Automobile lawsuit and motor vehicle accident cases constitute about 52 percent of the overall personal injury cases filed every year. Out of which, around 39 percent of the judgments are awarded to the defendant. Therefore, the defendant is often discharged from all their liabilities in relation to the settlement amount as can be seen from this figure. This is usually done after the plaintiff has been sufficiently compensated by the insurance company. However, there are times when insurance companies refuse to release the settlement amount on these grounds alone and this results in a personal injury case being awarded to the plaintiff.
Motor vehicle accidents occur due to several different reasons. Faulty engineering by the manufacturer is considered the most common reason behind such accidents, followed by manufacturing defects and driver error. Faulty car design features also play a role in causing such accidents. Such defects could be as minor as missing glass or doors. Even if such defects are not the primary cause of accident, they still need to be proven and a lawsuit should be filed on the basis of that.
In most cases, if the auto accidents were the result of faulty automobiles, the defendant would be held liable and it would be up to them to make amends by either offering a full and final settlement or getting it off. However, if it can be proved that the plaintiff was at fault, the burden of proof in such cases shifts to the defendant’s insurance company. Therefore, it becomes the duty of the insurance company to disprove the claims of liability by producing strong evidences in support of its viewpoint.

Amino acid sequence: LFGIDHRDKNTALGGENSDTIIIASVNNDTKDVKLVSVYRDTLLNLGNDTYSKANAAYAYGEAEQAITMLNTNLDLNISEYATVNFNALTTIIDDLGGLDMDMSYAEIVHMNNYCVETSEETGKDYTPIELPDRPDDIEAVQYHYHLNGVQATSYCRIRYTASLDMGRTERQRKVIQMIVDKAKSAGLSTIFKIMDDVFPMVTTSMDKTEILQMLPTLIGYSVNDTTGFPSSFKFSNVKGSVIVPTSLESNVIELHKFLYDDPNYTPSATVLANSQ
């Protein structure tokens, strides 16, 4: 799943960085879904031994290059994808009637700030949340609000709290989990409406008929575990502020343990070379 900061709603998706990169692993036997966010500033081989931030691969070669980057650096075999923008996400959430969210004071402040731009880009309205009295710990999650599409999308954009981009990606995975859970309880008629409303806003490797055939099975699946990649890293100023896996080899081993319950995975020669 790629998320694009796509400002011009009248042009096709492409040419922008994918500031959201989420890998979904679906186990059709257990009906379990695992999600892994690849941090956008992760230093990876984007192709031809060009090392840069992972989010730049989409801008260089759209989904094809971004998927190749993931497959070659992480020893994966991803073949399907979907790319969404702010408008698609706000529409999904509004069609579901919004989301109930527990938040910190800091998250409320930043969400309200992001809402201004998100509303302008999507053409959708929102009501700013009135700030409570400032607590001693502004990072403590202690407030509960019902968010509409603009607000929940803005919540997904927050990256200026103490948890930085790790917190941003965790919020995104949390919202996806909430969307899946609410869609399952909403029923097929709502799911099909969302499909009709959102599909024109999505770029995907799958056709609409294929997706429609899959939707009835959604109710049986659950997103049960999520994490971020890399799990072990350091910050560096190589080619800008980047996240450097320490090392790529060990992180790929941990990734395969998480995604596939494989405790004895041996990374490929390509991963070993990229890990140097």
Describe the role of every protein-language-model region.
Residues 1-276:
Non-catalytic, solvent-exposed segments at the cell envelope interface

Most states also have a no-fault provision, which means that in case of automobile lawsuit, the plaintiff has to prove that the defendant was at fault and that he acted unreasonably in violation of what he actually believed or should have known. In such instances, the plaintiff has to prove the liability of both parties. It is important to keep this in mind because a no-fault provision is often used by the defendant in order to escape from responsibility. In such a scenario, the plaintiff would have to prove that the defendant was either careless or misinformed, or else had an incorrect perception of what should have been the case.
The consequences of being found liable for an automobile accident lie beyond just financial damages. It also includes all types of medical and funeral expenses that may arise during the course of a trial. Some states also provide compensation to people who have been involved in an automobile accident due to other parties’ negligence. This also includes cases wherein the other party was driving under the influence of alcohol.
There is a common misconception that a personal injury lawsuit can only be filed against the at-fault driver of the offending vehicle. This is not true because even if it is the other vehicle that caused the accident, one can file a suit against the owner of the car, as well as the driver of the truck or bus that allegedly caused the accident. In these circumstances, a trier of fact will determine whether or not one’s damages should be paid out of your own pocket. Although most personal injury lawsuits are usually filed against the at-fault driver, they can also be filed against the other driver of the vehicle if their conduct is deemed negligent. The other party may also be responsible for other driver’s compensation costs in such cases.